The Differences Between CISM Or CISSP For Your Business

If you want to be one of the best IT personnel and stand out from the rest, you need to have the CISM and CISSP certification. These two certifications are highly sought after in the cybersecurity industry, particularly in the information security sector, and can be attained through recognised independent institutions around Singapore. The qualifications show that you have extensive knowledge of security networks, cyber-attacks and how to manage them.

However, both of them have a whole bunch of prerequisites. You will have to make the choice of which course to do, or if you are planning to do both, which to do first. To make an informed decision, you first need to know the differences between these certifications.


CISM stands for Certified Information Security Manager. This certification proves that an individual has an in-depth understanding of how to respond to and manage information security threats. The course provides comprehensive training on the management of such risks, including preventive strategies and crisis management.

Some of the topics covered in the CISM course are:

  • Risk management and compliance: What to do in response to a potential threat and how to get people to adhere to the preventive measures.
  • Incident Management: How to protect the company’s sensitive information and help them recover in the event of an information security breach.

Other topics include information security infrastructure, information security governance, regulatory issue, and security programme management administration.

With a CISM certification, you can work comfortably in several information security management positions such as a chief information security officer, IT manager or even auditor and consultant.


CISSP stands for Certified Information Systems Security Professional. It is offered by (ISC)2, an internationally recognised cybersecurity training organisation. The CISSP certification, similar to CISM, proves you have the skillset to design and carry out cybersecurity programs.

If you decide to go for a CISSP certification, you can expect to encounter the following topics similar to CISM, such as risk assessment and management as well as identity and access management. However, there is more of a focus on planning and execution of security operations, though management is still covered.

CISSP accreditation will significantly benefit you if you plan on pursuing the following careers – security consultants, system engineers, network architects, and so on.


In terms of course content, a significant difference is each course’s particular focus on management or operations. CISM focuses more on managing and strategising while CISSP goes deeper on security measures and tactics to ensure the safety of the systems. As such, those hoping to pursue executive or managerial positions often attend the CISM course, while security engineers go for CISSP. That being said, many go for both anyway.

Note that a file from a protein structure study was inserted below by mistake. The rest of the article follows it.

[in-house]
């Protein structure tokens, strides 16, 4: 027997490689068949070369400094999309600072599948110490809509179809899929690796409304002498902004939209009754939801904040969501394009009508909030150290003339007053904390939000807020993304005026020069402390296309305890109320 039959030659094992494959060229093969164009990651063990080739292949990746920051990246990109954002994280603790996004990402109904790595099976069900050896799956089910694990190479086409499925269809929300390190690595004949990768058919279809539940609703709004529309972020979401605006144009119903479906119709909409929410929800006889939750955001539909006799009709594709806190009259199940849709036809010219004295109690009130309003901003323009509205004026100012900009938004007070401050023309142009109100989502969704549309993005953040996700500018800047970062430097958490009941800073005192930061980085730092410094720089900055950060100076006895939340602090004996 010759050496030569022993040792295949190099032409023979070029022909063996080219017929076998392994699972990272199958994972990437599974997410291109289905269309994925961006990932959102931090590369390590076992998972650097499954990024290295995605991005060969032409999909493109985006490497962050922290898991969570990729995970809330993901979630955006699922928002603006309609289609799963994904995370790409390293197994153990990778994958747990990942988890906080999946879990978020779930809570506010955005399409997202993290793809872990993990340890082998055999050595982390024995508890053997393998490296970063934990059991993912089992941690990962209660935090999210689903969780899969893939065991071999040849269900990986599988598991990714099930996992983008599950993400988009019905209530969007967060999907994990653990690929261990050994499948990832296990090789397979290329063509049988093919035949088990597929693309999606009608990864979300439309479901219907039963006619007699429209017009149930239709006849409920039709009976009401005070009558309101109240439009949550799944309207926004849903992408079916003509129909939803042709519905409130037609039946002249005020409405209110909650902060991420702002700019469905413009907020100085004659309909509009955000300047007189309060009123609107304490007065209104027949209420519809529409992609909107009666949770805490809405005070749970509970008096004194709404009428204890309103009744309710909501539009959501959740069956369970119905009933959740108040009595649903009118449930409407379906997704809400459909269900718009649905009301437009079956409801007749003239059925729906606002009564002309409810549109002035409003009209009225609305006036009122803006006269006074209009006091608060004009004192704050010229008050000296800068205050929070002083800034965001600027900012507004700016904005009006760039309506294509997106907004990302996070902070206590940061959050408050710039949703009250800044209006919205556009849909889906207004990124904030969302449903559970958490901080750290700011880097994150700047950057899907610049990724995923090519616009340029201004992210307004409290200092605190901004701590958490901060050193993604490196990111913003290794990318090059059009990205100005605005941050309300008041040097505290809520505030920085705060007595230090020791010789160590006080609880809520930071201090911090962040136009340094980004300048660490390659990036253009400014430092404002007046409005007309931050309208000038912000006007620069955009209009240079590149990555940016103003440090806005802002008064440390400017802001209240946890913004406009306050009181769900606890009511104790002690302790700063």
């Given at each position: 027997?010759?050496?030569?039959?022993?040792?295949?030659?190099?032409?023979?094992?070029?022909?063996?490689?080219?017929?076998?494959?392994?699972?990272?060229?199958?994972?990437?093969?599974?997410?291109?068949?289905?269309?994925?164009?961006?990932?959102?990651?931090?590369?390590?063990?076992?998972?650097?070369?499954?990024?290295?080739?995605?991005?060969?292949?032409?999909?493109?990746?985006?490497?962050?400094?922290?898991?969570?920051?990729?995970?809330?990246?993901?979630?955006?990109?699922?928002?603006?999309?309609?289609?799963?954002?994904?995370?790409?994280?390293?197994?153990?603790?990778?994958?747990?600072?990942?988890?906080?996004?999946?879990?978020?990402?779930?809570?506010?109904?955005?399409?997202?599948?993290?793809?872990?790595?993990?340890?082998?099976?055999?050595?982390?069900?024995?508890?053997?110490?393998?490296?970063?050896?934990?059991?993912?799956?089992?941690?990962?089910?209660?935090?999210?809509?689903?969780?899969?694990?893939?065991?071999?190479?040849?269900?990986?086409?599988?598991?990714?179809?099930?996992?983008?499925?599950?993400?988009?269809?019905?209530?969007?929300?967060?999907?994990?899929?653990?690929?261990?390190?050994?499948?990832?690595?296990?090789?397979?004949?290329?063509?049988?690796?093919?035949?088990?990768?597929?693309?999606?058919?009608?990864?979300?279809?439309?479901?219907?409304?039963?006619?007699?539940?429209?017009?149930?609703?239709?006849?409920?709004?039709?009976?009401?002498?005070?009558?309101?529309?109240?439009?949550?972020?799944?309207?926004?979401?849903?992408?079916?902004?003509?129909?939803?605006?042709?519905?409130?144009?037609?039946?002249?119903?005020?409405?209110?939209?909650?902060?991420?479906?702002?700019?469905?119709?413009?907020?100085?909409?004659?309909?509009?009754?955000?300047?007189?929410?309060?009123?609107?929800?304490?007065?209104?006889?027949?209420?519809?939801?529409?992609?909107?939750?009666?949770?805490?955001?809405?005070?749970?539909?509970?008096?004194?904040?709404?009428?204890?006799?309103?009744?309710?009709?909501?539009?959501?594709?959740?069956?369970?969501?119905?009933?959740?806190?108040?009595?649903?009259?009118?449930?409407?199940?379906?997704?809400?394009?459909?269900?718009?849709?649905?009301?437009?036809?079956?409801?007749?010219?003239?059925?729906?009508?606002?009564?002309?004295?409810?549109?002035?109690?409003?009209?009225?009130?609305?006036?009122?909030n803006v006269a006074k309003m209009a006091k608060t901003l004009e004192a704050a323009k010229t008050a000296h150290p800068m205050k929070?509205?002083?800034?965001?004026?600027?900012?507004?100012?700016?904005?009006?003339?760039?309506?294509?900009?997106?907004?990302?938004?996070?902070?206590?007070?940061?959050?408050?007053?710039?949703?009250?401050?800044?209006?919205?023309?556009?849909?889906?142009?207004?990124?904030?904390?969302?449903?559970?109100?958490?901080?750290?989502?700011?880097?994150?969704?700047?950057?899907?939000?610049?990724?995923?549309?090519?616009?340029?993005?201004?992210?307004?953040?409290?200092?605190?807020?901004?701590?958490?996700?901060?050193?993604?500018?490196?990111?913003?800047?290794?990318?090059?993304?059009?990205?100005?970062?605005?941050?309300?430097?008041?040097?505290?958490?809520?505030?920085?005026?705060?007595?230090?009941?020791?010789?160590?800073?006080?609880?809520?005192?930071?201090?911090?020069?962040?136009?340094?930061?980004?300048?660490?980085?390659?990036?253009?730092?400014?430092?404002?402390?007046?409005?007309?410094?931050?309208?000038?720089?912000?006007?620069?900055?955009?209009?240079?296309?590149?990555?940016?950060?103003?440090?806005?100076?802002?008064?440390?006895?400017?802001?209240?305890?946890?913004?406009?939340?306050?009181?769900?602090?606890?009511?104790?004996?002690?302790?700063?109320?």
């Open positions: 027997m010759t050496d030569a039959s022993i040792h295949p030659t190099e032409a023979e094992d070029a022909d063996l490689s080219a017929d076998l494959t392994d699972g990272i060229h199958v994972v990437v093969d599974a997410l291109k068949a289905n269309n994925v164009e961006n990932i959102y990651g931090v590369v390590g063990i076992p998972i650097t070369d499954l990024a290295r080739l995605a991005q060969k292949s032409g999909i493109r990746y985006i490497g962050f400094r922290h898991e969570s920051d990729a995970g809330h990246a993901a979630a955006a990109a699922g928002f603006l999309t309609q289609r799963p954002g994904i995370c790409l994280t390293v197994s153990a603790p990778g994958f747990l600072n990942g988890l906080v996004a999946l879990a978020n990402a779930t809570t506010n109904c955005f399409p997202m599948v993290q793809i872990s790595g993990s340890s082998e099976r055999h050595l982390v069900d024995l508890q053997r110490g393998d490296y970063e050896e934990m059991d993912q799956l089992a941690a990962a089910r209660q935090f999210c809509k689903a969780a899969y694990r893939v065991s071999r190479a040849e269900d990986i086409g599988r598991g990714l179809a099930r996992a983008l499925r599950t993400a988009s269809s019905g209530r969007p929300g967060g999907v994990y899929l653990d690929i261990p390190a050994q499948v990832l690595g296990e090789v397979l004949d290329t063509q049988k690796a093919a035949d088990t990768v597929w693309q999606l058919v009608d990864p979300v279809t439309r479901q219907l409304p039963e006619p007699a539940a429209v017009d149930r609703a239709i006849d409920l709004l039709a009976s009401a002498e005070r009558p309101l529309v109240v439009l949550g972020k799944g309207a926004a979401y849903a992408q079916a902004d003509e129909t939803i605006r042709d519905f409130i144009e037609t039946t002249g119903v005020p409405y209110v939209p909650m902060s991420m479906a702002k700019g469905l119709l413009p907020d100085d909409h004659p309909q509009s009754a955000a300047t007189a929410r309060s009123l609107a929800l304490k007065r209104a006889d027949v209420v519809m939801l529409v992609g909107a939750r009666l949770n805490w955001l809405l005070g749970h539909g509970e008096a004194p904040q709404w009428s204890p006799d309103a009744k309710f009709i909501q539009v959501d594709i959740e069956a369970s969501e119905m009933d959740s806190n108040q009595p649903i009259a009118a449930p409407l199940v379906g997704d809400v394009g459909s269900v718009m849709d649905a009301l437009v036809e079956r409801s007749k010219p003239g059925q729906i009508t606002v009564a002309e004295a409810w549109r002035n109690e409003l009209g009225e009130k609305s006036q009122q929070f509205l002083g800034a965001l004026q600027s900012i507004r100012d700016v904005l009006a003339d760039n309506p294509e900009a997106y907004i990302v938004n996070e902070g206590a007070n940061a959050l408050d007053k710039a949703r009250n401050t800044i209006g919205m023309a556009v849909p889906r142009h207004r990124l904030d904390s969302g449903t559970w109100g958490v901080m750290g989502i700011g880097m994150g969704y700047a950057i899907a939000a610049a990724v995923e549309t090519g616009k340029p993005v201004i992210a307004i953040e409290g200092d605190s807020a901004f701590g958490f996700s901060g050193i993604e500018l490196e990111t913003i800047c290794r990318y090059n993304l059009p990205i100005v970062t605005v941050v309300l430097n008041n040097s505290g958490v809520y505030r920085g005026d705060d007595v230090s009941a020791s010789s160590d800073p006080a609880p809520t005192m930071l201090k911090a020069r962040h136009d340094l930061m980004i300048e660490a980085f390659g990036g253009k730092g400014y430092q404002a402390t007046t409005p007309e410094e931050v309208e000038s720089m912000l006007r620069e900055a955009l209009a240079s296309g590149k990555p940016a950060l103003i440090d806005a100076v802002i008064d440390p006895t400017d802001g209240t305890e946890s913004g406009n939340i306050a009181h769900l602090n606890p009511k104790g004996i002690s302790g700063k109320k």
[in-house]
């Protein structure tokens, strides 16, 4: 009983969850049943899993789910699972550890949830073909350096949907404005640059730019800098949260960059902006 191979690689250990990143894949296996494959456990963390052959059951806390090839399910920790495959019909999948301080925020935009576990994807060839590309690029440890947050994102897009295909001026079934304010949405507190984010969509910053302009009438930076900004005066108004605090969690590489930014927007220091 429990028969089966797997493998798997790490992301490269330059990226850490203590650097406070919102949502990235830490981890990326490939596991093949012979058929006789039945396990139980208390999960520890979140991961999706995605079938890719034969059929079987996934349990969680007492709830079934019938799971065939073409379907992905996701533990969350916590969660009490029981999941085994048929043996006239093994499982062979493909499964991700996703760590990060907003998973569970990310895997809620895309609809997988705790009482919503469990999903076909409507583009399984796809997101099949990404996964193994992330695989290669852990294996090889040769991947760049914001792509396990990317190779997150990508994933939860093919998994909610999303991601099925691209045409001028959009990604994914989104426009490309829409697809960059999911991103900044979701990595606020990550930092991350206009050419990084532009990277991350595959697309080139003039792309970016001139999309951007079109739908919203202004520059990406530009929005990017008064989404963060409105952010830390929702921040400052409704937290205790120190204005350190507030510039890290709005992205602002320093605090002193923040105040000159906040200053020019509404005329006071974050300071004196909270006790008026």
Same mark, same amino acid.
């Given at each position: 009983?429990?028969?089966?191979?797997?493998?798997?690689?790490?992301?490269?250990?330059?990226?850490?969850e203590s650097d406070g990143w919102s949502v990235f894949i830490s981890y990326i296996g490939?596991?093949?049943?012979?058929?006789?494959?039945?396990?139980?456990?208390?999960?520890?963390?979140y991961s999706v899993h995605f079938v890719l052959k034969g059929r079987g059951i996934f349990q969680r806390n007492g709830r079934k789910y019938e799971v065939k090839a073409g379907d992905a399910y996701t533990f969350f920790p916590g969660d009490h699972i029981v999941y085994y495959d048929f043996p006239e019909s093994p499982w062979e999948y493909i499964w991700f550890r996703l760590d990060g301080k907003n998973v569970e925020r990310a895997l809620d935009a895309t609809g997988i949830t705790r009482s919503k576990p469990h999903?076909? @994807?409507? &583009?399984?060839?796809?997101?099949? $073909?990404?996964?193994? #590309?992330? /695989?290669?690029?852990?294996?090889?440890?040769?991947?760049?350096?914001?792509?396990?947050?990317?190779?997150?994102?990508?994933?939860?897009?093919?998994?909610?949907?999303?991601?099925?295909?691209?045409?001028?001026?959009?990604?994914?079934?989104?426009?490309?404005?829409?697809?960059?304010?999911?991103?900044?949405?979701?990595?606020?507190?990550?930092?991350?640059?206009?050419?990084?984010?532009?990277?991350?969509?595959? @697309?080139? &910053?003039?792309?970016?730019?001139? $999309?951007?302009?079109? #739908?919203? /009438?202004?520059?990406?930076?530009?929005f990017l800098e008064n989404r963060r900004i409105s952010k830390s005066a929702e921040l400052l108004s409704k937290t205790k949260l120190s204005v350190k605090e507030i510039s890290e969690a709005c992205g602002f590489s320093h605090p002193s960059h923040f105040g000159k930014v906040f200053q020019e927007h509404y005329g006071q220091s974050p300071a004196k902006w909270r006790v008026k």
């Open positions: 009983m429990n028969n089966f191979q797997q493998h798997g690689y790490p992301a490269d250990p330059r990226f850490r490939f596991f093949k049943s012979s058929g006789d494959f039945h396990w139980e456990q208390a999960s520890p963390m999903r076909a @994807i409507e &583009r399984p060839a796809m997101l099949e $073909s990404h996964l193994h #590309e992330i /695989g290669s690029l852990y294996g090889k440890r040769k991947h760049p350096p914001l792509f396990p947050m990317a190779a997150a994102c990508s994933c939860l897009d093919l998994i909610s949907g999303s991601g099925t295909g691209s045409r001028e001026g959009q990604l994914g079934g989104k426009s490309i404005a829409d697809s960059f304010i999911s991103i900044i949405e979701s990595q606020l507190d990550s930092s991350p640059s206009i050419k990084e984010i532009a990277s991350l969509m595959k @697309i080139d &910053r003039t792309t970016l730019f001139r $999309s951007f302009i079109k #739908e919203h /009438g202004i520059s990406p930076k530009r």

The decision of which course to attend could also be a matter of practicality. You need a minimum of five years of information security work experience to participate in either course, but each has different ways to substitute these requirements. For example, for CISM, information and general security management experience, or a post-graduate degree in an information security-related field of study can be used to fulfil the prerequisites. As for CISSP, a 4-year college degree equivalent can be used instead.

As for the cost, both courses have hefty original price tags. If you take the courses, CISM costs above $2,500 per person, and CISSP $1,800 per person. However, if you are a Singapore citizen or permanent resident, the price drops to around $300 if you are over 40 years old. It also drops to about $200 if you are 35 years old and above and earning not more than $2,000 per month. If you are above 25 years old and a Singaporean citizen, you can even use SkillsFuture Singapore (SSG) funding or your Post-Secondary Education Account for both courses. You will also be eligible for a Small and Medium Enterprises sponsorship.

Both courses are, of course, beneficial for cybersecurity professionals already in the industry. CISSP certification is also an excellent way for freshly graduated university students to get ahead of the curve. If you can afford to do both courses, it would be a significant boon. Otherwise, you can take into account the practicality and career prospects that you prioritise. Regardless, do not get too hung up over the choice between either course. Most of the time, it is a win-win decision.

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